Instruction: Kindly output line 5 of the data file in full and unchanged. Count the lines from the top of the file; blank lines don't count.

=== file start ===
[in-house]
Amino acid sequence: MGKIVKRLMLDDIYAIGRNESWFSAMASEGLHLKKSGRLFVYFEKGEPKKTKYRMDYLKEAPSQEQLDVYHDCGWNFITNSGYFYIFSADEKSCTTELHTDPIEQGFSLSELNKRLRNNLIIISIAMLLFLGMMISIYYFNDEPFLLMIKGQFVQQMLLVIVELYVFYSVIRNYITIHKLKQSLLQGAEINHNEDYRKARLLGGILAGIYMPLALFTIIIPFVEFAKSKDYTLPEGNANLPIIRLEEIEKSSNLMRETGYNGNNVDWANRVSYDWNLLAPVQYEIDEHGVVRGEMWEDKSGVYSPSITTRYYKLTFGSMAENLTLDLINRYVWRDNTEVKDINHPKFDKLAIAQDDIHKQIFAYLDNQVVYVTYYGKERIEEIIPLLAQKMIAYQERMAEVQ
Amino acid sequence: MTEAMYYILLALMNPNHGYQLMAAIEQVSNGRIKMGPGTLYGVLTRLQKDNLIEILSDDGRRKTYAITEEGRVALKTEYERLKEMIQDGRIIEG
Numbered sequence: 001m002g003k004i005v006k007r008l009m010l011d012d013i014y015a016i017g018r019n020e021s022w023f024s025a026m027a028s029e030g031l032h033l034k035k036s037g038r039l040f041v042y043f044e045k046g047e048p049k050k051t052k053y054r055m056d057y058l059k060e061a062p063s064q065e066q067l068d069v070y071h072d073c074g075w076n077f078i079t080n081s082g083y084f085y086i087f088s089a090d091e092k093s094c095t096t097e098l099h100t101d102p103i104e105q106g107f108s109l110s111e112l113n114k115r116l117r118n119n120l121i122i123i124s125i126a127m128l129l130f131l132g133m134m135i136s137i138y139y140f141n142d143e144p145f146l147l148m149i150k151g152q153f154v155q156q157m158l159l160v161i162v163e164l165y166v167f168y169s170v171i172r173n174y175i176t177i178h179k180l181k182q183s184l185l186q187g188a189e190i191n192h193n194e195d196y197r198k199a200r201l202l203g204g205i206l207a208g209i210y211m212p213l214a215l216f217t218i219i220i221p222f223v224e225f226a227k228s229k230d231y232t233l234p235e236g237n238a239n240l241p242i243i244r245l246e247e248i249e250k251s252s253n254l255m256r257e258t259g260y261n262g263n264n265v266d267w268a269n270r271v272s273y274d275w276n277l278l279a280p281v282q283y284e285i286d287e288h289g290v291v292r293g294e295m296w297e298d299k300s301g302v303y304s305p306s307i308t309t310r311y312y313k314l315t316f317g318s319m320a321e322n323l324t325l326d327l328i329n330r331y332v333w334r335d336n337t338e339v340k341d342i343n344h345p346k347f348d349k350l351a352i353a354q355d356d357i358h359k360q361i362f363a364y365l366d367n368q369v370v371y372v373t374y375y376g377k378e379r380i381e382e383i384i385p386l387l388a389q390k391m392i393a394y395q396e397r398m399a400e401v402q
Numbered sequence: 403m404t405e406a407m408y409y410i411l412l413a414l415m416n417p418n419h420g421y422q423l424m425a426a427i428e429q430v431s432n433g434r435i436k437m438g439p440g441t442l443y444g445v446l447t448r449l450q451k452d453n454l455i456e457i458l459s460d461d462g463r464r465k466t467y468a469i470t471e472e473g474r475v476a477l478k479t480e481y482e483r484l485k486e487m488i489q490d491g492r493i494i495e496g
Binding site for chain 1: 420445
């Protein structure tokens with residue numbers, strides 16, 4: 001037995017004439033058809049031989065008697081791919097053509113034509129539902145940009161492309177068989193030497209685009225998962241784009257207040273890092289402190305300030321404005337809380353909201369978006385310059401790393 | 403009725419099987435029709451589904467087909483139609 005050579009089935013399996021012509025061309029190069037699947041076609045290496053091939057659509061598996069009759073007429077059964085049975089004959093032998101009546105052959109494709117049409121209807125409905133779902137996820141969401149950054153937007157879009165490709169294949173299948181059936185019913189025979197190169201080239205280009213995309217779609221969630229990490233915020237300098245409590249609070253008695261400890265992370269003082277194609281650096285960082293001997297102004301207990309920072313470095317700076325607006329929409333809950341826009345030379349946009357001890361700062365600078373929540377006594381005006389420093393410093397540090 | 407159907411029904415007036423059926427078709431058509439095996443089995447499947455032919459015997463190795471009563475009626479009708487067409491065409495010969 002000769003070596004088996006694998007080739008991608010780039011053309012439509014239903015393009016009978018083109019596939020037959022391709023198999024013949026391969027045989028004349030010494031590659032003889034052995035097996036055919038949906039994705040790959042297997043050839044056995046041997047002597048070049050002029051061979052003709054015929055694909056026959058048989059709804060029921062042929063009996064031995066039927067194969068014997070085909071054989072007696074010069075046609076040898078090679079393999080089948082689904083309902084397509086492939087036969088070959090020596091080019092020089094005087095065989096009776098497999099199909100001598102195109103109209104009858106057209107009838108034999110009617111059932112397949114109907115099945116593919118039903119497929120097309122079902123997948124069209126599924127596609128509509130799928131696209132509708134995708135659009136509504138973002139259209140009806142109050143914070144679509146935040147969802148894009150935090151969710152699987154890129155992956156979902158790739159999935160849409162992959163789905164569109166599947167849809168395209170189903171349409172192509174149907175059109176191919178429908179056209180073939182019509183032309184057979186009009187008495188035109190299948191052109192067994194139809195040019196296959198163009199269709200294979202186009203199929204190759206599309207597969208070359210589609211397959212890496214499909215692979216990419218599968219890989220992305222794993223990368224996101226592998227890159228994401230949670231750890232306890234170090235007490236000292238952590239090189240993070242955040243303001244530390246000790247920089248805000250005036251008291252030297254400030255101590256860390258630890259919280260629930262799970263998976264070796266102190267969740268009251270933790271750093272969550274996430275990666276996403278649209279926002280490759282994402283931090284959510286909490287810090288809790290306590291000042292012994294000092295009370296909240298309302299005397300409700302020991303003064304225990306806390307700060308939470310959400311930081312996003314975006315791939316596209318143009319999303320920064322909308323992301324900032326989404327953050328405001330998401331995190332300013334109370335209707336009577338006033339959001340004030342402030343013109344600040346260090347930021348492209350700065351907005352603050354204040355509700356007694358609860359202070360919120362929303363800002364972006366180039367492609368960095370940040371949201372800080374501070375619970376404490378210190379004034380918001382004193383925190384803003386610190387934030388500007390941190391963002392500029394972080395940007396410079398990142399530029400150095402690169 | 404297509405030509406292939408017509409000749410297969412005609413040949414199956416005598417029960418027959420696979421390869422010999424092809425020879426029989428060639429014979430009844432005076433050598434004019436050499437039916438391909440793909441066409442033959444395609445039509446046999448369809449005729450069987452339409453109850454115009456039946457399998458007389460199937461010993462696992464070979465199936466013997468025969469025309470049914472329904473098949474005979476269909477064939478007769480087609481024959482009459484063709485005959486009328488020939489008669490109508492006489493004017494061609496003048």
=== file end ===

Numbered sequence: 403m404t405e406a407m408y409y410i411l412l413a414l415m416n417p418n419h420g421y422q423l424m425a426a427i428e429q430v431s432n433g434r435i436k437m438g439p440g441t442l443y444g445v446l447t448r449l450q451k452d453n454l455i456e457i458l459s460d461d462g463r464r465k466t467y468a469i470t471e472e473g474r475v476a477l478k479t480e481y482e483r484l485k486e487m488i489q490d491g492r493i494i495e496g